Haley slammed for attacking Iran's 'lawless behavior' while ignoring plight of Yemeni civilians
Delivering a speech at the Joint Base Anacostia-Bolling military installation in Washington DC, Haley stood in front of the exact missile that was intercepted by Saudi Arabia on November 4. "As you know, we do not usually declassify this type of military equipment recovered from these attacks. But today, we are taking an extraordinary step of presenting it here, in an open setting," she said.
Haley blamed the missile attack on Iran, alleging that it supplied the weapon to Yemeni Houthi rebels. "The Iranian regime cannot be allowed to engage in its lawless behavior any longer... the fight against Iranian aggression is the world's fight," the UN envoy stated, stressing that Riyadh's civilian airport was the intended target of the missile attack.
The Iranian government has yet to respond to Haley's Thursday speech.
Saudi Arabia has also accused Iran of being behind the missile attack, which was successfully intercepted. Riyadh has also called for sanctions to be placed on Tehran over the attack.
However, not everyone is so convinced that Haley's words are entirely true. Social media backlash has rolled in at full speed, with podcaster John Aravosis saying there is "zero reason to believe anything Nikki Haley is saying right now about Iran. She represents a pathological liar..."
Meanwhile, the leader of the National Iranian American Council, Trita Parsi, accused Haley of "laying the groundwork for a US-Iran war on behalf of Saudi Arabia," and questioned why Washington is treating Saudi interests as American interests.
Others took issue with Haley for ignoring the fact that the Saudi-led coalition - which is supported by the US - continues to bomb civilians who are experiencing a humanitarian crisis.
One person attacked Haley's "stupid thoughts," accusing the US of being engaged in "lawless behavior for many decades."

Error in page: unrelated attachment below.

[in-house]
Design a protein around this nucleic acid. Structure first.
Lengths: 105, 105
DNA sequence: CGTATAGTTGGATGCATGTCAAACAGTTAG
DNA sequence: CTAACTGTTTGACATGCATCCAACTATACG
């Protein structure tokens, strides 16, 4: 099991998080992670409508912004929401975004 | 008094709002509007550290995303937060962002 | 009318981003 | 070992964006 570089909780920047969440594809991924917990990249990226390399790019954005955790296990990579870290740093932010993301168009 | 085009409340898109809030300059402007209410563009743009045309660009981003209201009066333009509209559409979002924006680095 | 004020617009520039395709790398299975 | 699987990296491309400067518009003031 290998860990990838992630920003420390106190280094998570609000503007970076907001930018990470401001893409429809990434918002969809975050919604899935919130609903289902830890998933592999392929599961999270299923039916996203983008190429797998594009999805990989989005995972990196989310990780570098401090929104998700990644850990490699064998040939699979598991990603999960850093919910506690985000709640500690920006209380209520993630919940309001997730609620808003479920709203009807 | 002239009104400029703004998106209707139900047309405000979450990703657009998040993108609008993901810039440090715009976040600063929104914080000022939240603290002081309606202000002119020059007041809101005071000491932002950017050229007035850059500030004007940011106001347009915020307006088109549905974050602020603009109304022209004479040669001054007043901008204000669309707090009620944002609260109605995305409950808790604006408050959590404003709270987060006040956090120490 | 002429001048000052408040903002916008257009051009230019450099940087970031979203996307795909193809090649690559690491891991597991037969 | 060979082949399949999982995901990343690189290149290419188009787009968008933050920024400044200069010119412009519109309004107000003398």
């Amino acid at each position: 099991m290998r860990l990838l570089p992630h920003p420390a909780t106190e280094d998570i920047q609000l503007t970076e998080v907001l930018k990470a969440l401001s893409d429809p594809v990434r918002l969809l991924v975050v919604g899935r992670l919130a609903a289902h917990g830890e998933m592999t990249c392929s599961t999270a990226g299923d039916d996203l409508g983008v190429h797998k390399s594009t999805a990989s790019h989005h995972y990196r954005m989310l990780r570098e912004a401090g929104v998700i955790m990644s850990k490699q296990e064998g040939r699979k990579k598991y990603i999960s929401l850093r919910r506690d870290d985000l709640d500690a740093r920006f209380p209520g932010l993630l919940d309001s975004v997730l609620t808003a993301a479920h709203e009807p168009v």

Some compared Haley's speech to one made to the UN by former US national security adviser Colin Powell in 2003, in which he justified the George W. Bush administration's rationale for the war in Iraq, citing the country's alleged weapons program. Last year, Powell referred to that speech as a "blot" on his record, as no weapons of mass destruction were ever found in Iraq.
The Saudi-led coalition launched an aerial campaign against Shiite Houthi rebels in Yemen in March 2015, and later began a ground operation. The coalition is allied to Abd Rabbu Mansour Hadi, who fled to Saudi Arabia when the Houthis took power in Yemen. At least 5,000 civilians have died as a result of the country's civil war, according to UN figures. More than 8,500 people have been injured in the fighting.
Meanwhile, Washington continues to support its ally Saudi Arabia, and has continuously cited threats posed by Riyadh's arch rival Tehran. In May, US President Donald Trump struck an arms deal with Saudi Arabia, the value of which totaled $350 billion. The agreement was aimed at bolstering security "in the face of Iranian threats."
Tensions between the US and Iran were exacerbated after Trump refused to certify Tehran's compliance with the nuclear deal in October. Trump has frequently slammed what he calls the "worst deal ever negotiated," which was agreed between Iran and six world powers under the Barack Obama administration. Earlier this month, Iran's foreign minister told RT that Iran has "options" if the US pulls out of the deal, and that he doesn't believe those options "will be very pleasant for the United States."